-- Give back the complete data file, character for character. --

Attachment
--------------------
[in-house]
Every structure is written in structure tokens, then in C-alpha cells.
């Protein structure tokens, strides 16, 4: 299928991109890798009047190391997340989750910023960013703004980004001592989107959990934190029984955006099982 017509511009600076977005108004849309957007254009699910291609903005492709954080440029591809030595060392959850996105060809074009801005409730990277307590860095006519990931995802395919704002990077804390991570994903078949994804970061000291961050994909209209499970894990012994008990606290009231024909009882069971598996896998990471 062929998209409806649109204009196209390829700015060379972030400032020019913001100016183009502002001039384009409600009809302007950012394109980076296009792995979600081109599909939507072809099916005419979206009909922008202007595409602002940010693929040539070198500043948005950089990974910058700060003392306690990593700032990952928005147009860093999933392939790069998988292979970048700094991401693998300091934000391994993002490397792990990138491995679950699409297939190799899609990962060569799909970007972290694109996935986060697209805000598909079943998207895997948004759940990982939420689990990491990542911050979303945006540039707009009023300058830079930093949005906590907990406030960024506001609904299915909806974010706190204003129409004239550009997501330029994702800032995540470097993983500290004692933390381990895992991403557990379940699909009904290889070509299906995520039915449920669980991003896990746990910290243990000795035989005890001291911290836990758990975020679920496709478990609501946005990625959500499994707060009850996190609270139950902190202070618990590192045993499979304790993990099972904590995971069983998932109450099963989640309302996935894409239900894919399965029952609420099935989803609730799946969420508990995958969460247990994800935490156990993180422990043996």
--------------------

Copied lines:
[in-house]
Every structure is written in structure tokens, then in C-alpha cells.
């Protein structure tokens, strides 16, 4: 299928991109890798009047190391997340989750910023960013703004980004001592989107959990934190029984955006099982 017509511009600076977005108004849309957007254009699910291609903005492709954080440029591809030595060392959850996105060809074009801005409730990277307590860095006519990931995802395919704002990077804390991570994903078949994804970061000291961050994909209209499970894990012994008990606290009231024909009882069971598996896998990471 062929998209409806649109204009196209390829700015060379972030400032020019913001100016183009502002001039384009409600009809302007950012394109980076296009792995979600081109599909939507072809099916005419979206009909922008202007595409602002940010693929040539070198500043948005950089990974910058700060003392306690990593700032990952928005147009860093999933392939790069998988292979970048700094991401693998300091934000391994993002490397792990990138491995679950699409297939190799899609990962060569799909970007972290694109996935986060697209805000598909079943998207895997948004759940990982939420689990990491990542911050979303945006540039707009009023300058830079930093949005906590907990406030960024506001609904299915909806974010706190204003129409004239550009997501330029994702800032995540470097993983500290004692933390381990895992991403557990379940699909009904290889070509299906995520039915449920669980991003896990746990910290243990000795035989005890001291911290836990758990975020679920496709478990609501946005990625959500499994707060009850996190609270139950902190202070618990590192045993499979304790993990099972904590995971069983998932109450099963989640309302996935894409239900894919399965029952609420099935989803609730799946969420508990995958969460247990994800935490156990993180422990043996």